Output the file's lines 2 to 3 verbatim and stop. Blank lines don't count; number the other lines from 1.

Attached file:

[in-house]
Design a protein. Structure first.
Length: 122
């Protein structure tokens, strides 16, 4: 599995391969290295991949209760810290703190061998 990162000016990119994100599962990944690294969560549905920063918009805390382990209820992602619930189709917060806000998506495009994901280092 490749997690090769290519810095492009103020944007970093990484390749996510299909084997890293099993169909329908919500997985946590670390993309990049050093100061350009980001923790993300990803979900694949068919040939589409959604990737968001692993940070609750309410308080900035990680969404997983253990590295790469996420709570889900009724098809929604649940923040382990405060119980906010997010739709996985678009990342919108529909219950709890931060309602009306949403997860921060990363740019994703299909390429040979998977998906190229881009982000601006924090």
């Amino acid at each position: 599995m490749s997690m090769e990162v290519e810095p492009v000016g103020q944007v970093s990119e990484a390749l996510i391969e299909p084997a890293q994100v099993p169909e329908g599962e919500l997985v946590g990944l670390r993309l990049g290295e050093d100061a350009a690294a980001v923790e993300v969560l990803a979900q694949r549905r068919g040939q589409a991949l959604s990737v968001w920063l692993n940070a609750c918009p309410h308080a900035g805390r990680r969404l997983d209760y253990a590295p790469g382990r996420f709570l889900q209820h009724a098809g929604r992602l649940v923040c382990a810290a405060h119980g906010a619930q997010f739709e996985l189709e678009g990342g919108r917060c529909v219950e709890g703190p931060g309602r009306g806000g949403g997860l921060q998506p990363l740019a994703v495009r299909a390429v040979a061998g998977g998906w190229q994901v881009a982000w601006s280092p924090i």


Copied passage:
Design a protein. Structure first.
Length: 122